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HMRC internal manual

Employment Income Manual

Travel expenses: travel in the performance of the duties: travel to and from home where it is a place of work: Taylor v Provan

Section 337 ITEPA 2003

The case of Taylor v Provan (49TC579) illustrates how difficult it can be for an employee to obtain a deduction under Section 337 ITEPA 2003 for the expenses of travelling between their home and another workplace.

Mr Taylor lived in Canada and was agreed to have unique and unrivalled knowledge and experience of arranging mergers of brewery companies. The terms on which he was employed acknowledged his unique experience and required him to perform his duties as far as he could from his home in Canada. The case concerned a deduction for the costs of travel from his home to other workplaces, costs that the Courts in Ricketts v Colquhoun had held to be not deductible as a general rule, see EIM31641.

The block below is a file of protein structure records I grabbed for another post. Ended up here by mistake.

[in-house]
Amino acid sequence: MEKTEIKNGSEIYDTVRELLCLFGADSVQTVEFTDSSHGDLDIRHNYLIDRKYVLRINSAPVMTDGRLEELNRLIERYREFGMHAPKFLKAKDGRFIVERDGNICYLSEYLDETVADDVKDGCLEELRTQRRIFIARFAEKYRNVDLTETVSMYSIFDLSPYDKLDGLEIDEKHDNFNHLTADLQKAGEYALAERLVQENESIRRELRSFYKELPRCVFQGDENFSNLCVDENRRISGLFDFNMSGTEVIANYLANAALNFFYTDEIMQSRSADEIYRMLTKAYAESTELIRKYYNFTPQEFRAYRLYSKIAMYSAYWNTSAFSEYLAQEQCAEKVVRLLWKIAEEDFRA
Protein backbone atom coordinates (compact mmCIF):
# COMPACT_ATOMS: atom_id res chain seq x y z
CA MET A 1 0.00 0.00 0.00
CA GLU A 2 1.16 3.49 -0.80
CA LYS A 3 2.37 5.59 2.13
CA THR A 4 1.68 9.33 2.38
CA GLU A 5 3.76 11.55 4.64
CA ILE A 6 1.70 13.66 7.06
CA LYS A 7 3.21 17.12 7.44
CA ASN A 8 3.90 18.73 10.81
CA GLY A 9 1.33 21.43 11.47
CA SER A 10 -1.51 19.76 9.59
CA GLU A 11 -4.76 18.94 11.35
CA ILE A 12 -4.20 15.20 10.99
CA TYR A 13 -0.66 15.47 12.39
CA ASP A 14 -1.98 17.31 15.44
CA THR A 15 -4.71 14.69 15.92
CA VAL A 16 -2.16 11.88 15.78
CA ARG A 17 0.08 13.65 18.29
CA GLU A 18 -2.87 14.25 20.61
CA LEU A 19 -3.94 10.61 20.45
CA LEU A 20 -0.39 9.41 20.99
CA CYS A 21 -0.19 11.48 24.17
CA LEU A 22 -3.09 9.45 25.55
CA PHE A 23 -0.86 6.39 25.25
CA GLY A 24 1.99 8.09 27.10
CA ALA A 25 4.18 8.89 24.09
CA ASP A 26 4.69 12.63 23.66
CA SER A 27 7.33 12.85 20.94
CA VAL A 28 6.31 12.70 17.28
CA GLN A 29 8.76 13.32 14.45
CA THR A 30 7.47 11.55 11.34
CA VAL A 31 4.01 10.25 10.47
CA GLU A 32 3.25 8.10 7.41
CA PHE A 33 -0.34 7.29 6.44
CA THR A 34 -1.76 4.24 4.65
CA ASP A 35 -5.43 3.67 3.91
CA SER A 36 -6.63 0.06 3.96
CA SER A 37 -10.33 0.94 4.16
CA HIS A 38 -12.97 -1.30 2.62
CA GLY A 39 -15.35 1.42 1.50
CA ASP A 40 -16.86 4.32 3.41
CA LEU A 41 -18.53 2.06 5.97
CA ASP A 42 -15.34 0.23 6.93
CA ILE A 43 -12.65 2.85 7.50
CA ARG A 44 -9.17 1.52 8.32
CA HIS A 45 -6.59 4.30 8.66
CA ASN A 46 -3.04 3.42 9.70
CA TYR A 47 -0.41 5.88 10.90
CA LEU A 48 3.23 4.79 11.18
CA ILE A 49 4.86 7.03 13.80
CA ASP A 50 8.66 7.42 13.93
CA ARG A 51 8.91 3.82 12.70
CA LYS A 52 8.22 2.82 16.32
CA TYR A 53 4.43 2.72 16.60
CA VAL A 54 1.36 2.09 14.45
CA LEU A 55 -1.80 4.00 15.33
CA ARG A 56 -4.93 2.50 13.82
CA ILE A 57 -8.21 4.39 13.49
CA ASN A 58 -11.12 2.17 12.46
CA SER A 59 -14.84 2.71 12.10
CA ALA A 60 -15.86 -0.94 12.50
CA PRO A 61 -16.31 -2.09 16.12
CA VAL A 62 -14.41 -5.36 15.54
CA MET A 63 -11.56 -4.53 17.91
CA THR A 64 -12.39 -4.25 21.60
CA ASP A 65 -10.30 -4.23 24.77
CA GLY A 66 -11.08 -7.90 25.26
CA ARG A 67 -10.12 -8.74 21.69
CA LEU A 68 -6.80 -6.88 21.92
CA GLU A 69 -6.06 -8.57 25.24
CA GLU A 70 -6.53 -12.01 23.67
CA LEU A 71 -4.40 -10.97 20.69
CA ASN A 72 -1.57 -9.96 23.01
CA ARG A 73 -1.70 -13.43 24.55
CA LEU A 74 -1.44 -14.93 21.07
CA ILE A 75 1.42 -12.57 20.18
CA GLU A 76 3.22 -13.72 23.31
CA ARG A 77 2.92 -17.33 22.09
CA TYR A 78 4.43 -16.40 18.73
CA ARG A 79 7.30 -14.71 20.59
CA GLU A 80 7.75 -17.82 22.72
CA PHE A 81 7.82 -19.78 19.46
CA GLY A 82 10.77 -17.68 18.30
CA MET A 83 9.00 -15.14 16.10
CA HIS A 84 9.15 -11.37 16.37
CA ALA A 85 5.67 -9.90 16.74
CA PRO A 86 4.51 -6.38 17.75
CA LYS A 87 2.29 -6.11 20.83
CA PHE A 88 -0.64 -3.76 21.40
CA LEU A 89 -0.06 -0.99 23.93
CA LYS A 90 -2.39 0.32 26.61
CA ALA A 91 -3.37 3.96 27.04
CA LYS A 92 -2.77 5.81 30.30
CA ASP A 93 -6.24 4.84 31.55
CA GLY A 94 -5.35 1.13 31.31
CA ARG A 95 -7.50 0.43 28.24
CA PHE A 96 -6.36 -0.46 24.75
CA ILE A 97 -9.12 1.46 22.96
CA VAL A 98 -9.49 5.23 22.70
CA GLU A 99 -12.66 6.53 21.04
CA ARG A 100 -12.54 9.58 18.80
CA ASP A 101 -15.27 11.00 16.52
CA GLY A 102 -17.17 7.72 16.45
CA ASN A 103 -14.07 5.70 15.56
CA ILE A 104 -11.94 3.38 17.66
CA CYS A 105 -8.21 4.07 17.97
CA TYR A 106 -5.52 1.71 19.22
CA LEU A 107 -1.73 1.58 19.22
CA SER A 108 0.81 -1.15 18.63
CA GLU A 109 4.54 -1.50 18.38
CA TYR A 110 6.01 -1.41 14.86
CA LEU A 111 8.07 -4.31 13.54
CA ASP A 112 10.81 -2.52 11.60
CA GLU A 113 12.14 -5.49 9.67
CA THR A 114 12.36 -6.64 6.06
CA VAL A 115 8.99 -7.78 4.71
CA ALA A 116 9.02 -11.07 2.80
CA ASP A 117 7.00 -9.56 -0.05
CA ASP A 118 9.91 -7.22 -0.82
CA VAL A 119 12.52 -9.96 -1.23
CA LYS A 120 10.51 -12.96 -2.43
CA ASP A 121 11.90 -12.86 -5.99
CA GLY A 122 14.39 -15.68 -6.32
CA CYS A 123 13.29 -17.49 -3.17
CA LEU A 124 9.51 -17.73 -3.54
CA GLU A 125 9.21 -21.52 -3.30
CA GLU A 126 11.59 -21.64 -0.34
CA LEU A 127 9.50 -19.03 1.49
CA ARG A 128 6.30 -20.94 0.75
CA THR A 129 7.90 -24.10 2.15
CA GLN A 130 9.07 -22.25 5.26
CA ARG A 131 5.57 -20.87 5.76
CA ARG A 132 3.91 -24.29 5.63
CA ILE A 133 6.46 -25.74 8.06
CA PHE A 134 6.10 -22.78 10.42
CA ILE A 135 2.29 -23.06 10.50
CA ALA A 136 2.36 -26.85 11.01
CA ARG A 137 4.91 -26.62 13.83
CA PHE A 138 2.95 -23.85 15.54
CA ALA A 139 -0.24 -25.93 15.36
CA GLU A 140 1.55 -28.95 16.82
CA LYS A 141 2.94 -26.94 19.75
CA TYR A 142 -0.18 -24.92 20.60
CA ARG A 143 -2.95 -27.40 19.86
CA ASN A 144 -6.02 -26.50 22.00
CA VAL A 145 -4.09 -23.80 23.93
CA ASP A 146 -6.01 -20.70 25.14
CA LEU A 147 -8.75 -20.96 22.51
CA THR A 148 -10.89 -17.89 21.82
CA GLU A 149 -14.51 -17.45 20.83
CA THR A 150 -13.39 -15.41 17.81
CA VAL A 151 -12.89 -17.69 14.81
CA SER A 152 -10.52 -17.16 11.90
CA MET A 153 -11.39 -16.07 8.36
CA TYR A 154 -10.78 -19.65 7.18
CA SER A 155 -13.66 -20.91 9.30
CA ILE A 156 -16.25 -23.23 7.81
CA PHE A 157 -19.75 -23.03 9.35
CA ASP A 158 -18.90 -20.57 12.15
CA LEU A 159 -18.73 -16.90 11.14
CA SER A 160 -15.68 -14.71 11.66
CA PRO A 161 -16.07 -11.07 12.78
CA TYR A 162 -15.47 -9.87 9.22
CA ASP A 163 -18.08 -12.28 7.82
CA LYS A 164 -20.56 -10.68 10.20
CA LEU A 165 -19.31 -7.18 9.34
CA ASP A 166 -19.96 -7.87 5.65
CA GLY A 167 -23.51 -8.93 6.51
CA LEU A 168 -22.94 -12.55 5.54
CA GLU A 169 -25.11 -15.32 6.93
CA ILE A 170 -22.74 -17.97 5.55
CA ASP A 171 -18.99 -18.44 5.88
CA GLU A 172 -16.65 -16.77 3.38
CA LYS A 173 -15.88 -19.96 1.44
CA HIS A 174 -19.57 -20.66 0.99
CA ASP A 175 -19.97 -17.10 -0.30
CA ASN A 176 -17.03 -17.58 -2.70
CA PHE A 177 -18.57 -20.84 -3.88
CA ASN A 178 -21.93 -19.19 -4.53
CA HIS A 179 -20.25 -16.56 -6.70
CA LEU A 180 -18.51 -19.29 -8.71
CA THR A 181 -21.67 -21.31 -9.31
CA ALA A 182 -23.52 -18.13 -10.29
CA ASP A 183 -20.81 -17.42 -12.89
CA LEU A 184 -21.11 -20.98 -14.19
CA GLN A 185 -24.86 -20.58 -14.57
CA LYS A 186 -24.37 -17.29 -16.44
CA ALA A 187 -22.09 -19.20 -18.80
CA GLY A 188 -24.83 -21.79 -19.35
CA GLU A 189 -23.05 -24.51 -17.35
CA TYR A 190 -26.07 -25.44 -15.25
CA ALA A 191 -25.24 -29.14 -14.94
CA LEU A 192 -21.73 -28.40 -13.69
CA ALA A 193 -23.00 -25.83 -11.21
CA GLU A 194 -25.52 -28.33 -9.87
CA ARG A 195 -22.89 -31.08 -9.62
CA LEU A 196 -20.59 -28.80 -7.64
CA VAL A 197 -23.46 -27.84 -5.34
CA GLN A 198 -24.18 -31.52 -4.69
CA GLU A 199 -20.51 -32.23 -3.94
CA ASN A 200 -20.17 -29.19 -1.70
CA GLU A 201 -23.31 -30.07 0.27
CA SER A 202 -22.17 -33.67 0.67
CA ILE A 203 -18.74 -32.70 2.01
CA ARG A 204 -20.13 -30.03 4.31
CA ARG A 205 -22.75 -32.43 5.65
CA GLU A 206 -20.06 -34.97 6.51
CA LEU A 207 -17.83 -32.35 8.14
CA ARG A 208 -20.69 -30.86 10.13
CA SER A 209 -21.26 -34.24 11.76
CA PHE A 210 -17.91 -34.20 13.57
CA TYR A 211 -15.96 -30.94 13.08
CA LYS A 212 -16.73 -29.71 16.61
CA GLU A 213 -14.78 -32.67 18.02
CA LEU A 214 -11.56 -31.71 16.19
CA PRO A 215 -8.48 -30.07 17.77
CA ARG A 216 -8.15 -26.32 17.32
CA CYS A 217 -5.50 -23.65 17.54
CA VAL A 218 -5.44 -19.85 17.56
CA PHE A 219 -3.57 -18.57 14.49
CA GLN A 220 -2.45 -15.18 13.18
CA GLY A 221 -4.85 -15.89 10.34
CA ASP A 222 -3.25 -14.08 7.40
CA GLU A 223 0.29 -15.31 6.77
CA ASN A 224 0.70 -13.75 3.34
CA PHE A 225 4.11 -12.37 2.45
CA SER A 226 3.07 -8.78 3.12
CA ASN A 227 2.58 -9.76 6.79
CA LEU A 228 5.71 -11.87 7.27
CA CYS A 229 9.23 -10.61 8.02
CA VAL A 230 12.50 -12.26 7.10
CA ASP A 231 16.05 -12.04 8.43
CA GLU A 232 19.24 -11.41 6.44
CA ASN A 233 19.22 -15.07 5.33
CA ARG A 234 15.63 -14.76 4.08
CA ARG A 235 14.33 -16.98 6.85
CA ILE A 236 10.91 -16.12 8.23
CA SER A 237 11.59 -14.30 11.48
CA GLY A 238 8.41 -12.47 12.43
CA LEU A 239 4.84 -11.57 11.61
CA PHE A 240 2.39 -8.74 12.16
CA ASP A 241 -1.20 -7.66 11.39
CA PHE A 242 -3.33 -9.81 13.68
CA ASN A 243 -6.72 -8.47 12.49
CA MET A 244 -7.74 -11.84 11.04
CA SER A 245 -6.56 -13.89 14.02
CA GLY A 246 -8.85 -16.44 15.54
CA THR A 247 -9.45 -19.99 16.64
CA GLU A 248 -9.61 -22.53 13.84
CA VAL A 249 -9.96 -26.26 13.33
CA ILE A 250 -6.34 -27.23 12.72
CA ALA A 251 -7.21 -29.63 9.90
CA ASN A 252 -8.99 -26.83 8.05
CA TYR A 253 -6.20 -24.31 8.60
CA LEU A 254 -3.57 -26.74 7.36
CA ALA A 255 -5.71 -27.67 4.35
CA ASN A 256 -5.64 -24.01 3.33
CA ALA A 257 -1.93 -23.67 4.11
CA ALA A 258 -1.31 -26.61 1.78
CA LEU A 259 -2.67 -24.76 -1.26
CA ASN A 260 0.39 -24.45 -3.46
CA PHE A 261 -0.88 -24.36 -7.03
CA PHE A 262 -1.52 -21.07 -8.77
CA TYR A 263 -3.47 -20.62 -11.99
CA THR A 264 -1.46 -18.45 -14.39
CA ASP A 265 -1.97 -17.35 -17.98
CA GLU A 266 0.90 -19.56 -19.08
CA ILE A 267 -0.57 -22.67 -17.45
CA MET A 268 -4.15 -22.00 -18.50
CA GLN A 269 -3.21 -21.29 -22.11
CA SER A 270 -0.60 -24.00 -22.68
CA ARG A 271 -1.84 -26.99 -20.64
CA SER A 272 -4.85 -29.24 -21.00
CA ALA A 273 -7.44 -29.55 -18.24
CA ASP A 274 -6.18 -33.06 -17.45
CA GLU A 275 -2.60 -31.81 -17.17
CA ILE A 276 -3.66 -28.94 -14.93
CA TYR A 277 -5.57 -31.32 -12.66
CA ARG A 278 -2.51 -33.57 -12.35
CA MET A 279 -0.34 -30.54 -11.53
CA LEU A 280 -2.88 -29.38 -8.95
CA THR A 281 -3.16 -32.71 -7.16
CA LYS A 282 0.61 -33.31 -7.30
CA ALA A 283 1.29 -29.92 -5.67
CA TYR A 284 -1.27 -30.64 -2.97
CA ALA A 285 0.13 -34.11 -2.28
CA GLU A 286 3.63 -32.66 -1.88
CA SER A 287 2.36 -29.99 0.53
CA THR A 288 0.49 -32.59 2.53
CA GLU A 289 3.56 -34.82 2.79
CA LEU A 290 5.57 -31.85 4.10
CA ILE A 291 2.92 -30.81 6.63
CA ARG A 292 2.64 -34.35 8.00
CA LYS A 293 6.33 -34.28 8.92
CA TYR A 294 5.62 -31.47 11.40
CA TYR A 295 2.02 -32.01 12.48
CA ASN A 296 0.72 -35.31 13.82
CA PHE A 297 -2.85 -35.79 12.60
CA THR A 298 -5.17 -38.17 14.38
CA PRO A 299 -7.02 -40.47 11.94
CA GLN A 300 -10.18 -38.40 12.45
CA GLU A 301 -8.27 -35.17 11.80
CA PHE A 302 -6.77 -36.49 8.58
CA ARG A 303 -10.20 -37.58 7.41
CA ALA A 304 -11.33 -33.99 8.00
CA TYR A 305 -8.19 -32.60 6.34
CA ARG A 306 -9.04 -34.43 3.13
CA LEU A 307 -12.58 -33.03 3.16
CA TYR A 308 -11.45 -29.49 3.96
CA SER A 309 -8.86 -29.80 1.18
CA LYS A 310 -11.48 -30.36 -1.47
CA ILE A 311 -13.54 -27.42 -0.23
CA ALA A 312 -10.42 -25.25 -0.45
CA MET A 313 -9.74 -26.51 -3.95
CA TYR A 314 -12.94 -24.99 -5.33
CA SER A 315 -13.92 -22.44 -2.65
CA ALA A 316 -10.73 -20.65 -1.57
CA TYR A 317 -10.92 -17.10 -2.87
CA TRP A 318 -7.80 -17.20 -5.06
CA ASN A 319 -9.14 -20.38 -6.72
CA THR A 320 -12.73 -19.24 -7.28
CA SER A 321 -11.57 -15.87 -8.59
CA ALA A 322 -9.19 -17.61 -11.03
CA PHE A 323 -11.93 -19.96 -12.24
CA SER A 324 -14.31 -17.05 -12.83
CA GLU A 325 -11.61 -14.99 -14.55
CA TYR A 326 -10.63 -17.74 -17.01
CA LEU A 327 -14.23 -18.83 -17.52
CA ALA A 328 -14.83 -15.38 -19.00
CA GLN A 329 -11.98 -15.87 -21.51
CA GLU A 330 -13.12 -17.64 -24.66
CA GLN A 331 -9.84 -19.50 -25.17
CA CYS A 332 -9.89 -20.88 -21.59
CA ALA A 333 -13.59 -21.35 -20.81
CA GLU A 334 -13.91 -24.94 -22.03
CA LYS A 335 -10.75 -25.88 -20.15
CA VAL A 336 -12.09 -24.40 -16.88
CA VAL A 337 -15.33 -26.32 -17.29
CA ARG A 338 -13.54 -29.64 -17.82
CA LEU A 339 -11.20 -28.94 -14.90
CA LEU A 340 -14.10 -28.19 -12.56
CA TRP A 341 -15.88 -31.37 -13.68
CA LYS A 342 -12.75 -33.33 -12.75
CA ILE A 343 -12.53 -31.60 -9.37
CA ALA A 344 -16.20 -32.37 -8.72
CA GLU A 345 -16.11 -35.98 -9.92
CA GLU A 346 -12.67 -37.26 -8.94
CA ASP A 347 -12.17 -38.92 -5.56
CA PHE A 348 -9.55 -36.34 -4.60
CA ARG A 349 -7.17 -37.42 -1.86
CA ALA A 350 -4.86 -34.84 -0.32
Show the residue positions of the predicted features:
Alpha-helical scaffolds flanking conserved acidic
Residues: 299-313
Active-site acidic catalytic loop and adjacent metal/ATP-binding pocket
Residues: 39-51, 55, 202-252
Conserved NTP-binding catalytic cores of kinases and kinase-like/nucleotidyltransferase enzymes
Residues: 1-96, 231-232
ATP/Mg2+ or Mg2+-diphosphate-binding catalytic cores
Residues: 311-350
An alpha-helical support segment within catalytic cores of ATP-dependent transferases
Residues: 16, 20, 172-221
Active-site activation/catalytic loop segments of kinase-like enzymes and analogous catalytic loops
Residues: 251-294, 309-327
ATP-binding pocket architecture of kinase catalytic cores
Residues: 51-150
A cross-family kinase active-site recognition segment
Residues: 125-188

In Taylor v Provan the Courts held that this general rule applies where the employee has to do part of his or her work at home. Lord Reid commented at page 605E:

“If the holder of an office or employment has to do part of his work at home the place where he resides is generally still his personal choice. If he could do his home work equally well wherever he lived then I do not see how the mere fact that his home is also a place of work can justify a departure from the Ricketts ratio.”

However, the Courts felt that an exception could be made in the very unusual circumstances of Mr Taylor’s case. Lord Morris commented at page 609D:

“The office or the employment was very special. There was probably no-one else who could have filled it. It was an office created to be held by one particular person.”

In effect, the view of the Courts was that Mr Taylor’s location was an integral, unavoidable and accepted element in determining the nature of the office or employment that he held. Mr Taylor was uniquely qualified to fill that post and his personal circumstances were central to the terms of his employment. Very few employees will be in a similar position.